Here’s another conversation I’ve had with a concerned user (CU) of OpenSees, not necessarily the same CU that was worried about OpenSees crashing due to non-convergence:
CU: “Do plane sections remain plane in the material nonlinear range of response?”
CU: “What about with force-based frame elements?”
CU: “How is that possible?”
PD: “Because there’s no other way to do it.”
This post isn’t about the details of how force-based elements enforce plane sections during state determination. You can read about those details here.
Instead, this post shows stress-strain output over a section in a force-based element and that the strain distribution is in fact linear.
Consider the 8 ft (96 inch) tall reinforced concrete column shown below. The model is 3D with the section z-axis oriented along the global Z-axis. Four Gauss-Lobatto points are used in a single force-based element. The concrete is unconfined with 4 ksi compressive strength while the steel is EPP with yield stress 60 ksi.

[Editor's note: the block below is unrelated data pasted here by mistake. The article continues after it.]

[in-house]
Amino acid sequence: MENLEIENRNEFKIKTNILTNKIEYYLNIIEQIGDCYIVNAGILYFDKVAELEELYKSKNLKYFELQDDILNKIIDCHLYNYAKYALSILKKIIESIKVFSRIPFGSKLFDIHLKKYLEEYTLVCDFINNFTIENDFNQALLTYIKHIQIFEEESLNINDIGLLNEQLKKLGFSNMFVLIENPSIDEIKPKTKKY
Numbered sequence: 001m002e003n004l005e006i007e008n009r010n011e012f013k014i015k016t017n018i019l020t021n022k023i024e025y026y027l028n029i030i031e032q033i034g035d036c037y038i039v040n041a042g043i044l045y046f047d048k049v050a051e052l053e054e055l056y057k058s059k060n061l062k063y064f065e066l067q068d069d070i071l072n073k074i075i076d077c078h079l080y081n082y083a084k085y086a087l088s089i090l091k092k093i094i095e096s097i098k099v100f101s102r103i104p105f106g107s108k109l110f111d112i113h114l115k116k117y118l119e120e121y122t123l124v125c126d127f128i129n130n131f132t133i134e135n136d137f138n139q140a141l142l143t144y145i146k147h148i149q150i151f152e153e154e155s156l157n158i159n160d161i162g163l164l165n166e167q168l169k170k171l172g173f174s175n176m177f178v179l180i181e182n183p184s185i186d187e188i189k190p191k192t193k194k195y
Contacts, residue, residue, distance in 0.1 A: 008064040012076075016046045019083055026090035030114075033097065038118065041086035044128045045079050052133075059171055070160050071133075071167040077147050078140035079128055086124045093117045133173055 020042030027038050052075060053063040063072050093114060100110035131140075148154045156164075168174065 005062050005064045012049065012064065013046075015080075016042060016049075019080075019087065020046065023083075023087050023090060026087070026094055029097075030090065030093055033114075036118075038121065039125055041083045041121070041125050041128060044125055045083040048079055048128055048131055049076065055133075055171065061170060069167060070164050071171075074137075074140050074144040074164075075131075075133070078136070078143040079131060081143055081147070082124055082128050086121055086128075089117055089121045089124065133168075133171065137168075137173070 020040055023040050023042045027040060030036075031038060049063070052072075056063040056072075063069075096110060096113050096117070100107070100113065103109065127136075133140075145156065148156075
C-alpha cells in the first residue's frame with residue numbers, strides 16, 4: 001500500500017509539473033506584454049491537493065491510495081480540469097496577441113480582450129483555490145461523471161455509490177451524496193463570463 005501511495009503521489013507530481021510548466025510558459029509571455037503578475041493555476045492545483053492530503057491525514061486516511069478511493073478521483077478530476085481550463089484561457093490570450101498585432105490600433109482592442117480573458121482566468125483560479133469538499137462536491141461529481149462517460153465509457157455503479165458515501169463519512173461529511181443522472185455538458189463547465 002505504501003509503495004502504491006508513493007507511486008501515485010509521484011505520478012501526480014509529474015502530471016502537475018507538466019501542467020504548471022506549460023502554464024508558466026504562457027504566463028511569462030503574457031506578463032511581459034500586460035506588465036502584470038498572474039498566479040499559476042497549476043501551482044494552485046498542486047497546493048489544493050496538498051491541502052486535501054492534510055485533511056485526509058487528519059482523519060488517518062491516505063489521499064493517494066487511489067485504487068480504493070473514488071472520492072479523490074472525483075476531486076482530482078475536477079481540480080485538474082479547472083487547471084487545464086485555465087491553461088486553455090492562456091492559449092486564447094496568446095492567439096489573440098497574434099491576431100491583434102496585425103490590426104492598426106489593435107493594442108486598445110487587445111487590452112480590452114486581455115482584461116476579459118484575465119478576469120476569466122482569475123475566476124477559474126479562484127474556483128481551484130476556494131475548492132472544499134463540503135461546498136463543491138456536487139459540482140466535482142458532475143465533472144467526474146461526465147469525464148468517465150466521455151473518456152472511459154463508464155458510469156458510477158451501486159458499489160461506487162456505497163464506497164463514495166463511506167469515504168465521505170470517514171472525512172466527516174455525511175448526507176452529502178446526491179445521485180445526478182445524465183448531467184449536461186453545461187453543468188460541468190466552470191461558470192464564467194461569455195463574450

The axial load is constant at 20% of the gross axial capacity while equal lateral loads are applied in the X and Z directions. Displacement control imposes a 1 inch displacement in the Z direction at the free end of the column. The load-displacement response is shown below.
The column response passes peak capacity and goes into localization land. But what are the stress and strain profiles at the base of the column at the final step of the analysis? To plot these profiles, we can use the
'fiberData' response option, which returns a list of coordinates, area, stress, and strain for the fibers in a section.
# eleTag secNum data = ops.eleResponse(1,'section',1,'fiberData') Ndata = len(data) Nfibers = int(Ndata/5) y = data[0:Ndata:5] z = data[1:Ndata:5] # A = data[2:Ndata:5] # If you want fiber areas sig = data[3:Ndata:5] eps = data[4:Ndata:5]
The funny looking Python indices grab every fifth list entry.
The resulting strain and stress in each fiber at the base of the column are shown below.
Although the stresses in the steel and concrete fibers are out of line, the corresponding strains do line up on a plane. I hope this is enough to convince you that plane sections remain plane throughout a nonlinear analysis. You will get the same planar strain distribution using the displacement-based and mixed formulations.
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